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Articles Tagged Rob Schlette

  • Tuesday, November 26, 2013
    recording
    Rob Schlette 11/26/13 04:25 PM,
    This article is provided by the Pro Audio Files.   An audio pass filter attenuates an entire range of frequencies. There are two types of pass filters (Figure 1, below). A high-pass filter (HPF) attenuates content below a cutoff frequency, allowing higher frequencies to pass through the filter. A low-pass filter (LPF) attenuates content above a cutoff frequency, allowing lower frequencies to pass through the filter. The slope of filter attenuation is usually quantified in decibels per octave. For example,… View this story
    Filed in: RecordingFeatureBlogStudy HallDigital Audio WorkstationsProcessorSignalSoftwareStudio

  • Friday, November 15, 2013
    image
    Rob Schlette 11/15/13 02:29 PM,
    This article is provided by the Pro Audio Files.   There was a lot of consumer and pro audio press about the introduction of the Mastered for iTunes program, but there are still a lot of music creators and producers who aren’t aware of the program’s details, advantages, or implications. This article explains the Mastered for iTunes program, and why it’s an important benchmark for digital music in general. Masters vs Premasters Like nearly every other digital music distribution channel,… View this story
    Filed in: RecordingFeatureBlogStudy HallDigitalDigital Audio WorkstationsEngineerMeasurementSignalStudio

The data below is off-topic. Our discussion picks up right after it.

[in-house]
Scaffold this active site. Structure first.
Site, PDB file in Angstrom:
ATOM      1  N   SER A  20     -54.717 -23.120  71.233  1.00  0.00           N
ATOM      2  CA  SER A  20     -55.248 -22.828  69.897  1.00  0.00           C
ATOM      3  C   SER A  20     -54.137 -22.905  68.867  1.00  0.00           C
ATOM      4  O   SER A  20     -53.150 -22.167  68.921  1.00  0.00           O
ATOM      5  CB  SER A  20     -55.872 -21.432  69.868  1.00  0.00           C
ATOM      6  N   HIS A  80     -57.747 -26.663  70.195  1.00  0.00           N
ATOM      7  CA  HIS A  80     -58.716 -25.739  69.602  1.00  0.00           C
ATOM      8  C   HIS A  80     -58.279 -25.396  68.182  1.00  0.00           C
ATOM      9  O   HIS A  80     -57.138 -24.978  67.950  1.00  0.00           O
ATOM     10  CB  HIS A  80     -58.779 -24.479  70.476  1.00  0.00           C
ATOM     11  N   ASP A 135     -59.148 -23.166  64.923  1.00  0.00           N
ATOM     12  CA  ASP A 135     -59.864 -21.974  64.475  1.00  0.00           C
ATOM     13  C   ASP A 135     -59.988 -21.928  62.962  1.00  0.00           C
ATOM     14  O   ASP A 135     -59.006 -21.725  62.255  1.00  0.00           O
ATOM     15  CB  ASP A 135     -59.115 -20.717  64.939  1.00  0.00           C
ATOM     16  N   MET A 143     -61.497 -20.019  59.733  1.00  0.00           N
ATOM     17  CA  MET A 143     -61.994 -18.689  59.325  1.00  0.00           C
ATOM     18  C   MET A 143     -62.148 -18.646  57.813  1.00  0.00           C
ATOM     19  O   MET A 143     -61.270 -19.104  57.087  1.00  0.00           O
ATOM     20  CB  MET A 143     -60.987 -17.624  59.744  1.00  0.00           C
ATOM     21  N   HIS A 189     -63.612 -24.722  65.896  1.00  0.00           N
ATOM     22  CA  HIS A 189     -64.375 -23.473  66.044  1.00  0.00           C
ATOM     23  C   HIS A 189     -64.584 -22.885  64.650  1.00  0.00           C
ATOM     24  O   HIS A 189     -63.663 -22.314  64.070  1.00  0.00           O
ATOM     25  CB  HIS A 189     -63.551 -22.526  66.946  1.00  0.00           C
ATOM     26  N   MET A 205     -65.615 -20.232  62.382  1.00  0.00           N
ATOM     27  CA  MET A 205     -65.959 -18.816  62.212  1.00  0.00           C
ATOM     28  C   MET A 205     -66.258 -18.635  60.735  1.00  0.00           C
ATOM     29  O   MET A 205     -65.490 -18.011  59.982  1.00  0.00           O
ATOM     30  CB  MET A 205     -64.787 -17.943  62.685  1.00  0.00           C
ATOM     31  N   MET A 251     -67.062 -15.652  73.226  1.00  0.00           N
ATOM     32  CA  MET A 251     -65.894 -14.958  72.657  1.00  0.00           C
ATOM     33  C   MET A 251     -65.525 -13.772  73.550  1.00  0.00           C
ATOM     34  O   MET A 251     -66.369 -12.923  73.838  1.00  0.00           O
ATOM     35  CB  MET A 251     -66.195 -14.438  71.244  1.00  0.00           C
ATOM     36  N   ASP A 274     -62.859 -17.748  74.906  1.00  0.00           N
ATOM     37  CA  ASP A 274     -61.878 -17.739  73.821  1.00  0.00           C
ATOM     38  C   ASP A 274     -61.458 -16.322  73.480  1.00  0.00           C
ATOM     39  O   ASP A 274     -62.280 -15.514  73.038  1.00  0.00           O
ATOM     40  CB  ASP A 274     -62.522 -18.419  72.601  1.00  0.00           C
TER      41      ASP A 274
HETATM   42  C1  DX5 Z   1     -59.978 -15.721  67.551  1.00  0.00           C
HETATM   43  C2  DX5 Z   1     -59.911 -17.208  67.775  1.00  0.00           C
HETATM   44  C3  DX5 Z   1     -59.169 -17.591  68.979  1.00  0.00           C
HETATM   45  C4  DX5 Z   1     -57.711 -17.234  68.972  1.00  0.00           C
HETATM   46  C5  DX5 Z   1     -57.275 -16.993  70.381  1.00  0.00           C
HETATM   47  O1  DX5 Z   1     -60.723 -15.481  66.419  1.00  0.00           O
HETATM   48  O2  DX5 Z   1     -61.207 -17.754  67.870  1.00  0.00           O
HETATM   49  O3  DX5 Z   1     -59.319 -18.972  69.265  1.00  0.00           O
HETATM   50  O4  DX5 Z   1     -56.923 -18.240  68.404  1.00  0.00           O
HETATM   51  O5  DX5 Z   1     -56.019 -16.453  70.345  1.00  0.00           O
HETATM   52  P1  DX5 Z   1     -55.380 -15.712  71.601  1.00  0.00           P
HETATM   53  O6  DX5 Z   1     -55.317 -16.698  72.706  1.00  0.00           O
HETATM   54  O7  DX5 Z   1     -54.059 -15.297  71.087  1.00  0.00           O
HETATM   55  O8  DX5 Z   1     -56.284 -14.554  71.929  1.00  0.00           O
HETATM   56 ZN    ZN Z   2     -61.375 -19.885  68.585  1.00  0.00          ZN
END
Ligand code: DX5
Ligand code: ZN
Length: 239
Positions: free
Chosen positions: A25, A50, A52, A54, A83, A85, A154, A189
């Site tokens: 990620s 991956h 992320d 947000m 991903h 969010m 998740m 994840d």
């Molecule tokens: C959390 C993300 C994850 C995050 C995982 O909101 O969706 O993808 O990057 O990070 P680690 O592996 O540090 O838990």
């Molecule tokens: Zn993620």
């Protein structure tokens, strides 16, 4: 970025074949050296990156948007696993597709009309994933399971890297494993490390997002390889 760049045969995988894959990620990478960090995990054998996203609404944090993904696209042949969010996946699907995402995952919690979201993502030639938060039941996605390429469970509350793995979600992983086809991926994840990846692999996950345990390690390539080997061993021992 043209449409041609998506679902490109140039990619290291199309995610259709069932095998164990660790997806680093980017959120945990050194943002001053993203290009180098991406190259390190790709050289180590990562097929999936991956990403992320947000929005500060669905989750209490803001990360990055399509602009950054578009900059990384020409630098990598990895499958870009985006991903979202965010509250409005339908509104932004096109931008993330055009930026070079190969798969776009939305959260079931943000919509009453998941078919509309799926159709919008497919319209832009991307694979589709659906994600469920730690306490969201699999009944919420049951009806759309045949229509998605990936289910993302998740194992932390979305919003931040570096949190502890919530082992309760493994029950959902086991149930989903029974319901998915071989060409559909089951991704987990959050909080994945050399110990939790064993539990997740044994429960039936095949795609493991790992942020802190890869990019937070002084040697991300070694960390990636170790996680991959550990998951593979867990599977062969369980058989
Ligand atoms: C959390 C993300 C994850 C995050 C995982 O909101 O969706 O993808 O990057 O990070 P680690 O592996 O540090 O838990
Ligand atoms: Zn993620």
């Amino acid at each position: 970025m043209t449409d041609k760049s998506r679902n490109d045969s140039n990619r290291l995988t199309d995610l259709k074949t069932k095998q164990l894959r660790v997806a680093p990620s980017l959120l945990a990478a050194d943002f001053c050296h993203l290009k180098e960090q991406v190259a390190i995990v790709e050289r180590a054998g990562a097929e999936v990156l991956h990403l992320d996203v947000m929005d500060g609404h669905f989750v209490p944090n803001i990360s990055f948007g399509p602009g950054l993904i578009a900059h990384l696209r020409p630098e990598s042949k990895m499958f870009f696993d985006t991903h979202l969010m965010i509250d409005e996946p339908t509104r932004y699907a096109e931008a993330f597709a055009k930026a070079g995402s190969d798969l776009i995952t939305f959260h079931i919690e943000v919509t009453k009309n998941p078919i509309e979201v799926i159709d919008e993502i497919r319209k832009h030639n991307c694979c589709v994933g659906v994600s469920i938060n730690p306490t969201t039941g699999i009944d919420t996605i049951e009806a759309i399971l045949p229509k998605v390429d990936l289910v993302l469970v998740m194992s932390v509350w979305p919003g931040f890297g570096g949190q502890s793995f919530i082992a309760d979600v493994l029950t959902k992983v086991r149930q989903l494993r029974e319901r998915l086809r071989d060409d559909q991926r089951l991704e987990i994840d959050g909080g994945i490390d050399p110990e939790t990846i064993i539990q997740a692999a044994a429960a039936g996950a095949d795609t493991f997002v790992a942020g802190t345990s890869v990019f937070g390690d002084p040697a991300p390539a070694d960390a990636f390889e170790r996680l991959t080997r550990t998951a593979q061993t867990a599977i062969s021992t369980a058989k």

• Friday, July 05, 2013
    recording
    Rob Schlette 07/05/13 10:02 AM,
    This article is provided by the Pro Audio Files.   There are a lot of different ways to conceptualize ‘tone’ when we begin to think about a contemporary recording project. Some of them are powerful, and some of them are pointless. This article points out a few useful techniques for addressing tone during mixing, with mastering in mind. 1. Tone As An Organizational Tool There are a lot of great articles on this site and others that point out how… View this story
    Filed in: RecordingFeatureBlogStudy HallDigital Audio WorkstationsProcessorStudio

  • Monday, June 03, 2013
    recording
    Rob Schlette 06/03/13 09:39 AM,
    This article is provided by the Pro Audio Files.   What Is A Backup? A backup is a working safety copy of your production data. The goal of a systematic approach to backups is to keep data loss from stopping or significantly delaying your work. If properly implemented, a backup system will contain current production data for all in-progress projects as of the conclusion of the most recent session. As many readers know very well, the importance of data backup… View this story
    Filed in: RecordingFeatureBlogStudy HallDigital Audio WorkstationsEthernetNetworkingStudio

  • Wednesday, January 16, 2013
    recording
    Rob Schlette 01/16/13 05:49 PM,
    This article is provided by the Pro Audio Files.   There are a lot of different ways to conceptualize ‘dynamics’ when we begin to think about a contemporary recording project. Some of them are powerful, and some of them are pointless. This article points out a few useful techniques for addressing dynamics during mixing, with mastering in mind. Let’s start by considering dynamics at the largest most ‘zoomed out’ level. The fundamental question is whether it is musically appropriate for… View this story